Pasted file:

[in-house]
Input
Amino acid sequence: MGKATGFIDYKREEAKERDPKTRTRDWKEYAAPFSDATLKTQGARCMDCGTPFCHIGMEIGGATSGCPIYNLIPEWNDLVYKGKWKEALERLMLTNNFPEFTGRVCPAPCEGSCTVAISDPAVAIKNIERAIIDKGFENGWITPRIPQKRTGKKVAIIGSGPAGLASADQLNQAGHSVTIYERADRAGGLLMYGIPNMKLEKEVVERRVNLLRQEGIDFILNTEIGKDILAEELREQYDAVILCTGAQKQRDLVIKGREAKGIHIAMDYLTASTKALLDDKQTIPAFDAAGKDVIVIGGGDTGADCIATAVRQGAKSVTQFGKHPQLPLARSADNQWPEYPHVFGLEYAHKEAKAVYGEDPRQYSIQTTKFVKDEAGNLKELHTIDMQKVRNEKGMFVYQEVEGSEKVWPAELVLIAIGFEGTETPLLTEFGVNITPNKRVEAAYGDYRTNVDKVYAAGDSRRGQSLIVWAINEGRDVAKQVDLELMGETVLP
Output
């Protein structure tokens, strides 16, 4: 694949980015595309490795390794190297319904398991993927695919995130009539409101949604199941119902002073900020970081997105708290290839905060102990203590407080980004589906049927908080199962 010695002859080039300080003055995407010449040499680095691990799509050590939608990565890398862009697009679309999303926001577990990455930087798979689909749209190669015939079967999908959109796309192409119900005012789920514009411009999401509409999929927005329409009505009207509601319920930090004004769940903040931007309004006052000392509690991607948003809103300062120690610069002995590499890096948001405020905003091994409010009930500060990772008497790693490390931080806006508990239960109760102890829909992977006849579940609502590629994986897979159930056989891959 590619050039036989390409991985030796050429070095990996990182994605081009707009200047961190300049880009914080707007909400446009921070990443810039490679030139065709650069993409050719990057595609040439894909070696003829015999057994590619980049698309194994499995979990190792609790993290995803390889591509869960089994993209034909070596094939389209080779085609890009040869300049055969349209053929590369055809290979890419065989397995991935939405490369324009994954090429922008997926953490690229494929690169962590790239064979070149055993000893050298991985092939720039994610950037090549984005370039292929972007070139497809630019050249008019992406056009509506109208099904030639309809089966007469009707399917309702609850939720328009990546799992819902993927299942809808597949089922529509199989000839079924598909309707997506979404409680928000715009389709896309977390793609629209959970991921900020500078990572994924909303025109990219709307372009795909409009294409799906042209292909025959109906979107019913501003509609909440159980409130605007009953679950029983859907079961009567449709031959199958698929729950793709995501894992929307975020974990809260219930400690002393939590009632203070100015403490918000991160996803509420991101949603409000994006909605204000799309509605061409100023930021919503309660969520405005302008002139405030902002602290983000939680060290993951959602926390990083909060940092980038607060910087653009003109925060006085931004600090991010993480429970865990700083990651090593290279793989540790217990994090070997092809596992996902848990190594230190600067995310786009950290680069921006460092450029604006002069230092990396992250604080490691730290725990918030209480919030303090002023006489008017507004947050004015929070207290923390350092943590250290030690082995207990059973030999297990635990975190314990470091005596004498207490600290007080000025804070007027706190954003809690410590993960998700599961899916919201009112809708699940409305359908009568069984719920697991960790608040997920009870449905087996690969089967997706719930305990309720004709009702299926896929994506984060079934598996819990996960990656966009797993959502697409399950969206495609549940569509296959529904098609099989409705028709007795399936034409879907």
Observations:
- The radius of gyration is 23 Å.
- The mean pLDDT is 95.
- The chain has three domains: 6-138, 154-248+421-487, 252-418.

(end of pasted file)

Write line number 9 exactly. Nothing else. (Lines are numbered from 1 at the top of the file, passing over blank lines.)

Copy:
- The chain has three domains: 6-138, 154-248+421-487, 252-418.